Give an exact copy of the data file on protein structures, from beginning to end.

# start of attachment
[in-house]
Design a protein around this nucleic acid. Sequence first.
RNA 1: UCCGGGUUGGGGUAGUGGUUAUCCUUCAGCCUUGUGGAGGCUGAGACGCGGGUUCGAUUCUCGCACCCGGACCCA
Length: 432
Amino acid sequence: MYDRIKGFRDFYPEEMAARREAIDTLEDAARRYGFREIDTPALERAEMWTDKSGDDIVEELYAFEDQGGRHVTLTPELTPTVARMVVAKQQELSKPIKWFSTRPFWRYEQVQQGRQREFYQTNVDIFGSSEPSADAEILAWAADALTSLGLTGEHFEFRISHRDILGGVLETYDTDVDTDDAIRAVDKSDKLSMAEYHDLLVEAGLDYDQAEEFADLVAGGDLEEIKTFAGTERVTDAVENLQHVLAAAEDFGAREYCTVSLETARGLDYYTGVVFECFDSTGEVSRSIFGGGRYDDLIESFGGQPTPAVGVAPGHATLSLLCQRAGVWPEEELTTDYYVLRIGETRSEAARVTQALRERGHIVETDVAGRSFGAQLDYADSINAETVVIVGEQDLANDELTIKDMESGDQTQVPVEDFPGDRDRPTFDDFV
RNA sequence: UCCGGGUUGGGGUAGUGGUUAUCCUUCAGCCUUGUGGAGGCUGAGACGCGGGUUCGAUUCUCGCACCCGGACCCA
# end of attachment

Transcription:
[in-house]
Design a protein around this nucleic acid. Sequence first.
RNA 1: UCCGGGUUGGGGUAGUGGUUAUCCUUCAGCCUUGUGGAGGCUGAGACGCGGGUUCGAUUCUCGCACCCGGACCCA
Length: 432
Amino acid sequence: MYDRIKGFRDFYPEEMAARREAIDTLEDAARRYGFREIDTPALERAEMWTDKSGDDIVEELYAFEDQGGRHVTLTPELTPTVARMVVAKQQELSKPIKWFSTRPFWRYEQVQQGRQREFYQTNVDIFGSSEPSADAEILAWAADALTSLGLTGEHFEFRISHRDILGGVLETYDTDVDTDDAIRAVDKSDKLSMAEYHDLLVEAGLDYDQAEEFADLVAGGDLEEIKTFAGTERVTDAVENLQHVLAAAEDFGAREYCTVSLETARGLDYYTGVVFECFDSTGEVSRSIFGGGRYDDLIESFGGQPTPAVGVAPGHATLSLLCQRAGVWPEEELTTDYYVLRIGETRSEAARVTQALRERGHIVETDVAGRSFGAQLDYADSINAETVVIVGEQDLANDELTIKDMESGDQTQVPVEDFPGDRDRPTFDDFV
RNA sequence: UCCGGGUUGGGGUAGUGGUUAUCCUUCAGCCUUGUGGAGGCUGAGACGCGGGUUCGAUUCUCGCACCCGGACCCA